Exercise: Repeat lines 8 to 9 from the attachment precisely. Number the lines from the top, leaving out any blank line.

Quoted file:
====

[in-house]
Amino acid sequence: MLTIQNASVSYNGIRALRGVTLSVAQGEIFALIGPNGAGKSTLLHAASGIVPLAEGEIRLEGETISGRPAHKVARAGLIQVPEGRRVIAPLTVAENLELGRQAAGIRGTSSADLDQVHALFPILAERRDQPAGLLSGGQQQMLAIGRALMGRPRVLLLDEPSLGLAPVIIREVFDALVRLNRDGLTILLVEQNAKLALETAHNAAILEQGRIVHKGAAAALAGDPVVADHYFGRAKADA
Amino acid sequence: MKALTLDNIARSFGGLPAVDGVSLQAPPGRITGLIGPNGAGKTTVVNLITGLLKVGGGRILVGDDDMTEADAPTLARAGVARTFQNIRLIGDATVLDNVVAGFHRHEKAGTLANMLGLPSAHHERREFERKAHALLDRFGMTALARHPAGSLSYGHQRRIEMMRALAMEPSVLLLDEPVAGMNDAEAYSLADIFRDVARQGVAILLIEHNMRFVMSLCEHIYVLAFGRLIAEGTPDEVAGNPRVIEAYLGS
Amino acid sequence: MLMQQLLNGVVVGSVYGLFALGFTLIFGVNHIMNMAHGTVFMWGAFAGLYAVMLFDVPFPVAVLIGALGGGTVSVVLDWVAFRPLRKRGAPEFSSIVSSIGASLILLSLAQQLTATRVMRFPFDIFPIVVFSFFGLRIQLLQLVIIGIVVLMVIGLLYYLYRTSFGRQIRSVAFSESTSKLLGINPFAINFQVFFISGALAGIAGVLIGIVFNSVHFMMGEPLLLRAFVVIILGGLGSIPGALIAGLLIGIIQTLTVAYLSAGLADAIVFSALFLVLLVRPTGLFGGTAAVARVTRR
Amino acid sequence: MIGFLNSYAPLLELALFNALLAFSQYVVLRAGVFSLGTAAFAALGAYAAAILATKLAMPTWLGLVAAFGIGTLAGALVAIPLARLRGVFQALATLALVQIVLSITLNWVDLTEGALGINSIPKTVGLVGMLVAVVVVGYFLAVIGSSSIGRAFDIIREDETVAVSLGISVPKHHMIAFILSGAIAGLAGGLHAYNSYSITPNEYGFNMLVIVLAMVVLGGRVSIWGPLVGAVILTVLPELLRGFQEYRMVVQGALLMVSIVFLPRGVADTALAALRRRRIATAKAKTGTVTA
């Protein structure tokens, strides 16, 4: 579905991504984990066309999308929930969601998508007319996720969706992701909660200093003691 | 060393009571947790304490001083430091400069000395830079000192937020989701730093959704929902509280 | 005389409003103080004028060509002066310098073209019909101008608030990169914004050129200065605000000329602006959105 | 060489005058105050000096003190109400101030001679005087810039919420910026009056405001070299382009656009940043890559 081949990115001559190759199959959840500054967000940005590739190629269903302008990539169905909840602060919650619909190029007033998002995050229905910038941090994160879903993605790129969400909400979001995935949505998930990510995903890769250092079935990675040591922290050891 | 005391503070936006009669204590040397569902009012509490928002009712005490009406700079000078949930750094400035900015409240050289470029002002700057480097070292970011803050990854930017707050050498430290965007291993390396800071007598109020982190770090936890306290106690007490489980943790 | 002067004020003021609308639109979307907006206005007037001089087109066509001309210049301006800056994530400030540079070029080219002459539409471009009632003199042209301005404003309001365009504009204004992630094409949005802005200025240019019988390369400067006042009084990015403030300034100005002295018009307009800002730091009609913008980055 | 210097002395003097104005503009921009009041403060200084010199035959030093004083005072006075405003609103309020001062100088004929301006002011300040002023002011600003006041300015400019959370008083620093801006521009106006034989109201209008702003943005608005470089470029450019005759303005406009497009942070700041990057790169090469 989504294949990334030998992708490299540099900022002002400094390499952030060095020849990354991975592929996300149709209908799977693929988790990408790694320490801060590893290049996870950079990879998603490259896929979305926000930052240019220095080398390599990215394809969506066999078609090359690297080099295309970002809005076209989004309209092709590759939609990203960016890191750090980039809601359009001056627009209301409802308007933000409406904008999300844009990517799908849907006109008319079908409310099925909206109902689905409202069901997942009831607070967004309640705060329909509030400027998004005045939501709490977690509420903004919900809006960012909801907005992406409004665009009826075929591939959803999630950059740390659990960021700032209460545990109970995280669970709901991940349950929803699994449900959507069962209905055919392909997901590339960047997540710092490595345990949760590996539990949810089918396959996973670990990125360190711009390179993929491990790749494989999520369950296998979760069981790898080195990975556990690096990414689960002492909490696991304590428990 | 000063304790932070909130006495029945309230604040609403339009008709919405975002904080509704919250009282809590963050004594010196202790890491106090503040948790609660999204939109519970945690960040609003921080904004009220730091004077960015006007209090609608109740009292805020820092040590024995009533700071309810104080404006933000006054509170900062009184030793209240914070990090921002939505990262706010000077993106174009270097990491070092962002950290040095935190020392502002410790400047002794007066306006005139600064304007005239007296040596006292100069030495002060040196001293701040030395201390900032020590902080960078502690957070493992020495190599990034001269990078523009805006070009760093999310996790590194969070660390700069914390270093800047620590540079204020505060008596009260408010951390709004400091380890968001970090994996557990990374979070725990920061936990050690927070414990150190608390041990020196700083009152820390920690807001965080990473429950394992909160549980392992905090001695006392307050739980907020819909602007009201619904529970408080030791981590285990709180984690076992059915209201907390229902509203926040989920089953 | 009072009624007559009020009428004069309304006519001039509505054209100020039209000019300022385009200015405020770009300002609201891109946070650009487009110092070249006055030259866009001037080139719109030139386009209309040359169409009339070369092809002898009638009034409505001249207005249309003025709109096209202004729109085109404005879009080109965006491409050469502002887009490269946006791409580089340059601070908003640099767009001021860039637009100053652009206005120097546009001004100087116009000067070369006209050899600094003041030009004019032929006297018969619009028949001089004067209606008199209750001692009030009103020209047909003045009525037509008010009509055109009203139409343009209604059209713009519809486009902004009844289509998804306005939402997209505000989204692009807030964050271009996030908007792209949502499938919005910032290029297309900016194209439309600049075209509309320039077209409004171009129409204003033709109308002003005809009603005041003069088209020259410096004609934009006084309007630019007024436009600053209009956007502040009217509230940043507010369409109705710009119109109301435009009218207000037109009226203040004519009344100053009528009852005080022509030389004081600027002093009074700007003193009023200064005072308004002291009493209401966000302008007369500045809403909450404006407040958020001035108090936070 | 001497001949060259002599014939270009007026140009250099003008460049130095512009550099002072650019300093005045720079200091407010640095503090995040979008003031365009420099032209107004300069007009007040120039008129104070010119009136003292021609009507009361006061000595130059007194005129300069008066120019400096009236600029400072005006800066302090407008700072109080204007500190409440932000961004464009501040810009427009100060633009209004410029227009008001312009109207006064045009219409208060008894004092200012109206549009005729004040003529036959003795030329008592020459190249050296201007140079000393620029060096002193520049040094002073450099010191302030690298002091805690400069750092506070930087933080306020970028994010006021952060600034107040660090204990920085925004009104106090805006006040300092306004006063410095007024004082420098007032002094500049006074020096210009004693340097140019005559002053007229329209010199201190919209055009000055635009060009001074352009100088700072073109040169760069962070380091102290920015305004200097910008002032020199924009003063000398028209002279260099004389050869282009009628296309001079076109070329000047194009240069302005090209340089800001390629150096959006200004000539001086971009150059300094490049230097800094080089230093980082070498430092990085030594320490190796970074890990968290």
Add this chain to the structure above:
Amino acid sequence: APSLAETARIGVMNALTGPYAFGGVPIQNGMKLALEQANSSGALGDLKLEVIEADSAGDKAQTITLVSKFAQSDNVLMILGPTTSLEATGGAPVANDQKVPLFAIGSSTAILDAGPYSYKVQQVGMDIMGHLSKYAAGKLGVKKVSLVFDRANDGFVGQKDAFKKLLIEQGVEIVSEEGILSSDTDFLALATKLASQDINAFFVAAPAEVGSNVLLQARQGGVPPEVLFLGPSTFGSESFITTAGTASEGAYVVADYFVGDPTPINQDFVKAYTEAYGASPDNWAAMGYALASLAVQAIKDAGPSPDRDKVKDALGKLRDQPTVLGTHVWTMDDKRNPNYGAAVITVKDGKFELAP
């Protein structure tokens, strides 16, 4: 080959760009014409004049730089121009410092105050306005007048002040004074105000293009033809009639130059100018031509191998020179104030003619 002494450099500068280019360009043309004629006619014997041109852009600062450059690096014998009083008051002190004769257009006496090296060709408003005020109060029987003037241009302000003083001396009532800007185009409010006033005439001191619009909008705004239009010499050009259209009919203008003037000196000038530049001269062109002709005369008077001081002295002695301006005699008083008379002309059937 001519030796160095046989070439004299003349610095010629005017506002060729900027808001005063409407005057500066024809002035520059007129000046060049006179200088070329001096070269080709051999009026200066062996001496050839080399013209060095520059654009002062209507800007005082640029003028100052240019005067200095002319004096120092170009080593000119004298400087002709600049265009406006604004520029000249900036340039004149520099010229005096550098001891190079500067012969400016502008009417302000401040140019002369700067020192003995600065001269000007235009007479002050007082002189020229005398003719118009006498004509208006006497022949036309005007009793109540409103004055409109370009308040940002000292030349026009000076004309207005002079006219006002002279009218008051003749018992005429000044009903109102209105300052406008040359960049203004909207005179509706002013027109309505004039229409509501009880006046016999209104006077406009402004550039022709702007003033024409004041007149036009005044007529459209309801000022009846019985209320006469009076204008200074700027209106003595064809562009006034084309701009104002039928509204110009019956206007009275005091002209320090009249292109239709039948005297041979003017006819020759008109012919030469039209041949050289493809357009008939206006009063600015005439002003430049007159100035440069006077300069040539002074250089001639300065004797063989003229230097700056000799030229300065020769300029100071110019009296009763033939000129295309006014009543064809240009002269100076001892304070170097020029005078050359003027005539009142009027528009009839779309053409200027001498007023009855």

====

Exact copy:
Amino acid sequence: APSLAETARIGVMNALTGPYAFGGVPIQNGMKLALEQANSSGALGDLKLEVIEADSAGDKAQTITLVSKFAQSDNVLMILGPTTSLEATGGAPVANDQKVPLFAIGSSTAILDAGPYSYKVQQVGMDIMGHLSKYAAGKLGVKKVSLVFDRANDGFVGQKDAFKKLLIEQGVEIVSEEGILSSDTDFLALATKLASQDINAFFVAAPAEVGSNVLLQARQGGVPPEVLFLGPSTFGSESFITTAGTASEGAYVVADYFVGDPTPINQDFVKAYTEAYGASPDNWAAMGYALASLAVQAIKDAGPSPDRDKVKDALGKLRDQPTVLGTHVWTMDDKRNPNYGAAVITVKDGKFELAP
């Protein structure tokens, strides 16, 4: 080959760009014409004049730089121009410092105050306005007048002040004074105000293009033809009639130059100018031509191998020179104030003619 002494450099500068280019360009043309004629006619014997041109852009600062450059690096014998009083008051002190004769257009006496090296060709408003005020109060029987003037241009302000003083001396009532800007185009409010006033005439001191619009909008705004239009010499050009259209009919203008003037000196000038530049001269062109002709005369008077001081002295002695301006005699008083008379002309059937 001519030796160095046989070439004299003349610095010629005017506002060729900027808001005063409407005057500066024809002035520059007129000046060049006179200088070329001096070269080709051999009026200066062996001496050839080399013209060095520059654009002062209507800007005082640029003028100052240019005067200095002319004096120092170009080593000119004298400087002709600049265009406006604004520029000249900036340039004149520099010229005096550098001891190079500067012969400016502008009417302000401040140019002369700067020192003995600065001269000007235009007479002050007082002189020229005398003719118009006498004509208006006497022949036309005007009793109540409103004055409109370009308040940002000292030349026009000076004309207005002079006219006002002279009218008051003749018992005429000044009903109102209105300052406008040359960049203004909207005179509706002013027109309505004039229409509501009880006046016999209104006077406009402004550039022709702007003033024409004041007149036009005044007529459209309801000022009846019985209320006469009076204008200074700027209106003595064809562009006034084309701009104002039928509204110009019956206007009275005091002209320090009249292109239709039948005297041979003017006819020759008109012919030469039209041949050289493809357009008939206006009063600015005439002003430049007159100035440069006077300069040539002074250089001639300065004797063989003229230097700056000799030229300065020769300029100071110019009296009763033939000129295309006014009543064809240009002269100076001892304070170097020029005078050359003027005539009142009027528009009839779309053409200027001498007023009855």